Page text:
Working Paper No. 181

Productivity Analysis: A Micro-to-Macro Perspective

Published: 1987, revised March 1990Pages: 56

Productivity Analysis: A Micro-to-Macro Perspective Bo Carlsson

This paper raises several issues concerning productivity analysis. An attempt is made to demonstrate the usefulness of a micro-based approach to productivity analysis which challenges some basic assumptions of conventional analyses based on aggregate production functions. With the help of a micro- (firm-)based macro simulation model it is shown if there are important differences among firms in economic competence, here represented by efficiency and investment behavior, the relationships between investment, productivity, and economic growth are much more complex and unpredictable than commonly assumed . The rate of technological progress as measured by the rate of change in best-practice technology seems to be less important than the elimination of inefficiency by closure of firms and/or by firms moving closer to their respective production frontiers.

It is also shown that the conditions which determine firm borrowing for investment (involving their interpretation of past profitability and expectations based on current capacity utilization) are more important for productivity and economic growth than the total amount invested. In other words, it matters less how much is invested than who does the investing, and under what incentives.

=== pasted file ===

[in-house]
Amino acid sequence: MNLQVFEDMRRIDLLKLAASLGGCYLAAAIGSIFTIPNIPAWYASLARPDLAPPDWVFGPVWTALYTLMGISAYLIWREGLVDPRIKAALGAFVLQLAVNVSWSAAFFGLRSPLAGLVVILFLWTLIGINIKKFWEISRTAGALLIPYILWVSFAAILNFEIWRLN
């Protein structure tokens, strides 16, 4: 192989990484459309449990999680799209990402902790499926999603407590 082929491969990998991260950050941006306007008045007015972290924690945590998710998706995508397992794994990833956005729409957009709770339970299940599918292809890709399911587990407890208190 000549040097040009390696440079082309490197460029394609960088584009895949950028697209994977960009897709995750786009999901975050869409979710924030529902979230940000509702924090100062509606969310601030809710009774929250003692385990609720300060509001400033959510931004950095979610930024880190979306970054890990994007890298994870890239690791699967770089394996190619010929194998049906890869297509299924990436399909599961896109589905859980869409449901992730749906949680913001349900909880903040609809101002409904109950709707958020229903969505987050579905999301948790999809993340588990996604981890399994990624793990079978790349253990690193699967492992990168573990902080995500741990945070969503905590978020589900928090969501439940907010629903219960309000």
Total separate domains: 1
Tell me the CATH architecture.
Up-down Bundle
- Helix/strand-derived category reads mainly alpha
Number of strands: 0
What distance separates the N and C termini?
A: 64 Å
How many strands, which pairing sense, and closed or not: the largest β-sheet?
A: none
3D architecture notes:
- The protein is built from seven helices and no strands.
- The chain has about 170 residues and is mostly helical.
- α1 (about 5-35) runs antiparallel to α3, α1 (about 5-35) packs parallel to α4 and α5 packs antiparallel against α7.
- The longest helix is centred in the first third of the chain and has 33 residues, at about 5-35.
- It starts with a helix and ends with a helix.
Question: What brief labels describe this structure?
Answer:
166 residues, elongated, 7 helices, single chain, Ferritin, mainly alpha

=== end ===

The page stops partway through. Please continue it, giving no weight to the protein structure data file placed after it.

The implication for productivity analysis is that unless diversity among economic units is taken into account, the results are likely to continue to be inconclusive. What is needed is much more of an integration of micro and macro theory than has been accomplished thus far. In particular, economic competence must be included.

The paper also tries to put productivity in the proper perspective, not as an object in and of itself but rather as a partial measure, at best, of economic performance at any level within the economy.

Sick of Inequality?

An Introduction to the Relationship between Inequality and Health

Sick of Inequality.jpg

In this book Andreas Bergh, Therese Nilsson, IFN and Lund University, and Daniel Waldenström, IFN and Paris School of Economics, France, review the latest research on the relationship between inequality and health. What does inequality mean for our health? Does increasing income inequality affect outcomes such as obesity, life expectancy and subjective well-being?


Seminars organized by IFN


To present ongoing research informal brown-bag seminars are held on Mondays at 11:30 am. This is an opportunity for IFN researchers to test ideas and results.

Academically oriented seminars are most of the time held on Wednesdays at 10 am. At these events researchers from IFN and other institutions present their research.

In addition, IFN organizes seminars open to the public. Topics for these are derived from the IFN research.

Research Institute of Industrial Economics, Grevgatan 34 - 2 fl, Box 55665, SE-102 15 Stockholm, Sweden | Phone: +46-(0)8-665 45 00 |